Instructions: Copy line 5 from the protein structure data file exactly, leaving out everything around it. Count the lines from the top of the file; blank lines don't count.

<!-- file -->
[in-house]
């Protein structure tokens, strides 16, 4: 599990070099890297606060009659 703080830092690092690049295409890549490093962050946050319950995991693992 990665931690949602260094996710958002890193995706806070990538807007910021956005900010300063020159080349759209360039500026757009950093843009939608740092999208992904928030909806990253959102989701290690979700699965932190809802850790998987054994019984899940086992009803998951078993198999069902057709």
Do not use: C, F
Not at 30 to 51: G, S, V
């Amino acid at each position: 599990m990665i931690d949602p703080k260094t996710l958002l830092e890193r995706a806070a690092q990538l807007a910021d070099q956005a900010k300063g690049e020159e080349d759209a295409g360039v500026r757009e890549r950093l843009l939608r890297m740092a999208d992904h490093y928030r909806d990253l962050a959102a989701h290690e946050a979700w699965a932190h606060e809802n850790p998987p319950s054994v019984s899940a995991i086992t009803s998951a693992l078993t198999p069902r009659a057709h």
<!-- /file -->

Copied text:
């Amino acid at each position: 599990m990665i931690d949602p703080k260094t996710l958002l830092e890193r995706a806070a690092q990538l807007a910021d070099q956005a900010k300063g690049e020159e080349d759209a295409g360039v500026r757009e890549r950093l843009l939608r890297m740092a999208d992904h490093y928030r909806d990253l962050a959102a989701h290690e946050a979700w699965a932190h606060e809802n850790p998987p319950s054994v019984s899940a995991i086992t009803s998951a693992l078993t198999p069902r009659a057709h």